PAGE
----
link to collage collection Collages — These rousing collages are constructed with love and abandon from piles and stashes of repurposed, found and boughten materials. Highlights enter in the form of stickers, prints, cut outs, dimensional stuff, commercial packaging: anything goes. Everybody likes to think about flowers, especially during a pandemic, whether they admit it or not. Nobody wants to drown at the end of the world. And some people are perfectly happy to stay home.
puppets Puppet Dolls : ARCHIVED — These puppet dolls embody the fun stuff from childhood play that we want to have in the studio while they are, no doubt, parts of the self that need to be made manifest. They do have a character of simplicity while still manifesting the enjoyment of working with material. Perhaps one day they will star in a movie. In the meantime, they can play on their own. Sometimes they travel with me. Some of them have gotten us in trouble.
little guy Little Guy Drawings : ARCHIVED — The images in this series came to me one at a time, popping into my head completely formed and then I had to draw them. Altogether they construct a pictorial narrative of the workings of my inner processing during a time of transition. They are small and detailed, and the creation process involves both analog and electronic drawing.
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4” by 6” mixed media
link to Thomas K. Simpson's website Books : ARCHIVED — Illustration — I worked with Thomas K. Simpson for a number of years. First, doing the diagrammatic images for his book, Maxwell on the Electromagnetic Field: A Guided Study (Masterworks of Discovery) and a short, lavishly illustrated book entitled Lewis Carroll Meets the Imaginary Number, available in iBook or Kindle format.
    I have also created the illustrations for Neverland, CO, by Jean Selig, a modern fairytale for young adults of all ages and for The Crying Boy by Victoria Garrison.
movie link Littles : ARCHIVED — These images continue my exploration into other worlds, now using photographically based content. Though based in “real” content, these images become totally synthetic, allowing me to probe the diminutive and mysterious, manipulating them to reveal the amazing drama, humor and inscrutability inherent in these scenes.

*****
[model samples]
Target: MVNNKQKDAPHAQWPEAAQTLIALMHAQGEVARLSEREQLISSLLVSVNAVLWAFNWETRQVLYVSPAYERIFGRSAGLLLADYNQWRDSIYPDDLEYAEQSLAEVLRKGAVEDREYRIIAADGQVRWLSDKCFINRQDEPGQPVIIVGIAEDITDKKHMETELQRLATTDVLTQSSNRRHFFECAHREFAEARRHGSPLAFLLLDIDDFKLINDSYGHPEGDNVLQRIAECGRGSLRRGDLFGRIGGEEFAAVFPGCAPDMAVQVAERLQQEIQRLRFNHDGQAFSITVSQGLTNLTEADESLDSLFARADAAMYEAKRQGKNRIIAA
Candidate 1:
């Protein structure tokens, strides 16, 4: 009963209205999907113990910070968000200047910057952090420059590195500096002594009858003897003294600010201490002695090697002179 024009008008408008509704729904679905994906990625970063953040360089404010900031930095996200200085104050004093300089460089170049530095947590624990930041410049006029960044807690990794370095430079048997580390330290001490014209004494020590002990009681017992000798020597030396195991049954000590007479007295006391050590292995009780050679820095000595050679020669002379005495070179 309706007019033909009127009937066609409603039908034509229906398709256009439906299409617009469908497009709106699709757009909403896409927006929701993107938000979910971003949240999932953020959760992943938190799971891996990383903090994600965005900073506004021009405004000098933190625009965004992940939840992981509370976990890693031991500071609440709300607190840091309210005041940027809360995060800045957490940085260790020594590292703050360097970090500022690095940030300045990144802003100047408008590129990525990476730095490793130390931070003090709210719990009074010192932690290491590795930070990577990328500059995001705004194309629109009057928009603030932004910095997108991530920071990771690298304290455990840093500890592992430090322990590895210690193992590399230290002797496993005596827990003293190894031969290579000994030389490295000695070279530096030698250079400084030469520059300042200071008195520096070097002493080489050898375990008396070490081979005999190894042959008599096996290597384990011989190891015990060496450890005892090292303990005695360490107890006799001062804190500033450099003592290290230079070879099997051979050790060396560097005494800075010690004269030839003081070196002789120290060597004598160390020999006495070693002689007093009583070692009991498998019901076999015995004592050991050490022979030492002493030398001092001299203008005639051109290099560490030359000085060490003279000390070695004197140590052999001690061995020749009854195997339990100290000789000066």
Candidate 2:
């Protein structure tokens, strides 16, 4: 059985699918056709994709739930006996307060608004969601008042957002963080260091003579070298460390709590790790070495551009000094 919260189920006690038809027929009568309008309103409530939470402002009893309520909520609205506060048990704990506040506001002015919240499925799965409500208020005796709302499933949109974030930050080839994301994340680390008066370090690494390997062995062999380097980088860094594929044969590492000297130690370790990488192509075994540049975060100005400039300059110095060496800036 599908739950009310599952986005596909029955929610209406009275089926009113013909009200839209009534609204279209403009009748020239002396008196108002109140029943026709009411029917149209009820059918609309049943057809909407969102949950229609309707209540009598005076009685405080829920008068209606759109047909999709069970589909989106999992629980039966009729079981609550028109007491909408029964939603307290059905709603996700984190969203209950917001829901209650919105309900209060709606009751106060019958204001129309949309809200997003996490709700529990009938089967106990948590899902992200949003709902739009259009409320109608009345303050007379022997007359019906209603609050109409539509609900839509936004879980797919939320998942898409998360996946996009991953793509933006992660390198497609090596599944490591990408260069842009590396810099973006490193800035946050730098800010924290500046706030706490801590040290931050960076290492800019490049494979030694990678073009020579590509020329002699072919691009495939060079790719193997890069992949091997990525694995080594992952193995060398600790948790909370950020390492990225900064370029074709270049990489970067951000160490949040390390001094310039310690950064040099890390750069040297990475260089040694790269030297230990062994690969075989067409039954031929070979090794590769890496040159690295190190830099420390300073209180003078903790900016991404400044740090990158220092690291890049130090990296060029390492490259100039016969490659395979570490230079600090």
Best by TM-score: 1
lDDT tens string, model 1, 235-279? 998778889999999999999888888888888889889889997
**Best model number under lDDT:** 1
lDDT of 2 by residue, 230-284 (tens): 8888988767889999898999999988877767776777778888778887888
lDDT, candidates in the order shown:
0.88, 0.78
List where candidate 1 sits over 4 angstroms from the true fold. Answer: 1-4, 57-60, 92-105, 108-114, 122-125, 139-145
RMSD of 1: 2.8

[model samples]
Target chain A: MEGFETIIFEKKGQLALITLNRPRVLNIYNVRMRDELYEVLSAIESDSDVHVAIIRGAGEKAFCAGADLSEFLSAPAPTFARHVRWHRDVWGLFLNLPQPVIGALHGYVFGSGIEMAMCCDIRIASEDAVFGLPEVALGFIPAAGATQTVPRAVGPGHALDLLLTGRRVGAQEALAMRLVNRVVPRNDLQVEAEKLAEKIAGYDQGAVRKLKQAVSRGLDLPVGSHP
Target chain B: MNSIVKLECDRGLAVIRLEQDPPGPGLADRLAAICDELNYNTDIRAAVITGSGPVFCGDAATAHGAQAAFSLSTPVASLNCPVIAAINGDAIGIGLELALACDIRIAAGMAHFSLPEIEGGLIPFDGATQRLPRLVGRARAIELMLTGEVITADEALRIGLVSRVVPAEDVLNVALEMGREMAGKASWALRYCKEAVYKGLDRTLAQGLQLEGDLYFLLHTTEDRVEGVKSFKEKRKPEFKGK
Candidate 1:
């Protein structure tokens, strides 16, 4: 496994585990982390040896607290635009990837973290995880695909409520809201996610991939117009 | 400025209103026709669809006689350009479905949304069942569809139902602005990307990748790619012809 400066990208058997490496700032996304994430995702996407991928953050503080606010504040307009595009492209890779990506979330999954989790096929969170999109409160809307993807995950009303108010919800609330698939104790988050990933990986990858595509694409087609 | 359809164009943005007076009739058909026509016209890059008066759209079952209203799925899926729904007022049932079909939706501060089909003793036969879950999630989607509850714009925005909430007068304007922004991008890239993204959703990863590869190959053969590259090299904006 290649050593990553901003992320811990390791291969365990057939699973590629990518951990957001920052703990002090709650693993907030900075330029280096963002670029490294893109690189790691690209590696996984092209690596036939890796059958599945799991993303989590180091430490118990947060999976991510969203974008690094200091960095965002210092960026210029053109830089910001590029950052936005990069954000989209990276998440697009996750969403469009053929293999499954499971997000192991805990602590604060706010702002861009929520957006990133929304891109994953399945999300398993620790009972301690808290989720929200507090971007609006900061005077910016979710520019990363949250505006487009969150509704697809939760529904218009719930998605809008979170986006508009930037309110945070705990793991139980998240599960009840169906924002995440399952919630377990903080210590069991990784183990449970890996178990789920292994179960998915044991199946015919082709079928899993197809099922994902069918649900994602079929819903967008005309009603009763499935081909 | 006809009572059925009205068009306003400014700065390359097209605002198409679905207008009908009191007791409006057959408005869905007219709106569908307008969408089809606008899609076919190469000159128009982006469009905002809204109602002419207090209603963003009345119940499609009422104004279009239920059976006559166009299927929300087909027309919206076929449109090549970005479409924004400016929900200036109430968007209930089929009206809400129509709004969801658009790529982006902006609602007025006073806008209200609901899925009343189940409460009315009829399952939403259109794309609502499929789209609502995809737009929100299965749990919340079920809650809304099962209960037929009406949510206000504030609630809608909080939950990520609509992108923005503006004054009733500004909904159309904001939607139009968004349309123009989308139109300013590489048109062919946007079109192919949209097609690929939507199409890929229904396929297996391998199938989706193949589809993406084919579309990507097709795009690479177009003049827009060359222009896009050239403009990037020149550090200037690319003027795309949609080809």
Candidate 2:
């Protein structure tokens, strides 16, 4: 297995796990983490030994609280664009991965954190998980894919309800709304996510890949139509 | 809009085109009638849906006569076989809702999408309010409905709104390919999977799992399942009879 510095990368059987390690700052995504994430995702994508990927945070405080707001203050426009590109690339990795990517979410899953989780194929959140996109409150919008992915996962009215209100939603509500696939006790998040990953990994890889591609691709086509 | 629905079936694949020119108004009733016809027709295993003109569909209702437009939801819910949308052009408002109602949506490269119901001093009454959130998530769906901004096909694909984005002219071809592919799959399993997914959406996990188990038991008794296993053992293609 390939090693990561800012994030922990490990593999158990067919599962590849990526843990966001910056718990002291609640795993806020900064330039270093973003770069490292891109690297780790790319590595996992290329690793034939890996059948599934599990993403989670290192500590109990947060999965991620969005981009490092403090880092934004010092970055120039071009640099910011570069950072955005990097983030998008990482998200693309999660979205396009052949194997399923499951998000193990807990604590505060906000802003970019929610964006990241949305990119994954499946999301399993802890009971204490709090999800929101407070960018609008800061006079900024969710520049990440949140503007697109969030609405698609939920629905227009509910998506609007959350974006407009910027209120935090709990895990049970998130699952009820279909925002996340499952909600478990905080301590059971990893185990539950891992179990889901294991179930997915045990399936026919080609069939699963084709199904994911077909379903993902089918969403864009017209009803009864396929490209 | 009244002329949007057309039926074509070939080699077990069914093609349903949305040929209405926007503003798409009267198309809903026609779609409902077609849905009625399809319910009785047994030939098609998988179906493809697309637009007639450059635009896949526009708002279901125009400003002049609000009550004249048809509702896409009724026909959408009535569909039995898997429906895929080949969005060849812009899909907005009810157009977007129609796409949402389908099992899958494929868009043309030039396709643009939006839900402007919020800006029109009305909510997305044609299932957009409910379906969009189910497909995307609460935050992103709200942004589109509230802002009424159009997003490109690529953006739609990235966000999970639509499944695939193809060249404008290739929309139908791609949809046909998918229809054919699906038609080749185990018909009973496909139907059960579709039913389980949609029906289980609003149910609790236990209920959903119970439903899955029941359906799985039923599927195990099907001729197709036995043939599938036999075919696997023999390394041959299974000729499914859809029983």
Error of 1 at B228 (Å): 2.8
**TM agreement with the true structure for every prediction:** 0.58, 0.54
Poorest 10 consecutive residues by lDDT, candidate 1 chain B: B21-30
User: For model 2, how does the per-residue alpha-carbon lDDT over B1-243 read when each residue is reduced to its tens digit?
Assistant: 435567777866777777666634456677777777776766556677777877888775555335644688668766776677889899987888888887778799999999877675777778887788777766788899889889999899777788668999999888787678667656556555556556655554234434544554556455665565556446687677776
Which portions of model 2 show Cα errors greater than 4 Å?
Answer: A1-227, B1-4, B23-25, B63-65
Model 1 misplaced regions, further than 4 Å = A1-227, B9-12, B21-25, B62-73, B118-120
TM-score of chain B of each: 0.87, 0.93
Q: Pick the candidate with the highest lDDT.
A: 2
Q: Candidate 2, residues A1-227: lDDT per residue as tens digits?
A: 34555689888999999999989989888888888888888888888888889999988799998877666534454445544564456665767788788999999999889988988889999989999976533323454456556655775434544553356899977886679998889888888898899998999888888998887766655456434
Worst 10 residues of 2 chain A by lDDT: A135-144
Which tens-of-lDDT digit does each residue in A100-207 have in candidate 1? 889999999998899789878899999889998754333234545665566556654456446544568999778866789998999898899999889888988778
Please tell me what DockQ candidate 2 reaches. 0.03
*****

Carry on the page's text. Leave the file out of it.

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They are printed in archival, large format, limited editions, minimum size 27” x 20”.
little guy Little Guys : ARCHIVED — (click the image to the left to view) These diminutive images explore the degradation of information while building quiet worlds that move in their own slow time. There is no high drama, just a little tension between the figures and their surroundings.
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The original source material playfully pulls from diverse and unrestrained sources. It is intentionally degraded, expanded and blurred. In the end, the images are about loneliness and isolation as the inhabitants move through wide empty worlds.   4” by 6” archival inkjet prints, limited edition of 10.
little guy Small Series : ARCHIVED — This series includes some “mini” series that were done during travels, from collected items. In the Morelia, CVS and Puerto series content was collected from the streets of the city, advertising, packaging and my own photos. In the Flower Mash series, I took a photo of each of the flowers on the grounds of the beachside hotel and used them to make a tropical mix.
icon drawins link Icons : ARCHIVED — These drawings are part of a developing vocabulary of images to be used in drawings and movies. They are what Plato refers to as εἶδος forms of objects. They represent our, or really, my idea of a dog or a chair. They are imbued with the aura of thought. They are most real without being real at all.
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I let the deep reaches of the collective unconscious speak through the mark of the crayon. The drawings started as tiny pen and ink thought drawings. They were ingested into the electronic world, processed and spit out again, increased in size twenty-fold. Then the painting began. One of a kind, mixed media on archival paper. 17” x 22”

Content: © Anne Farrell 2008–2020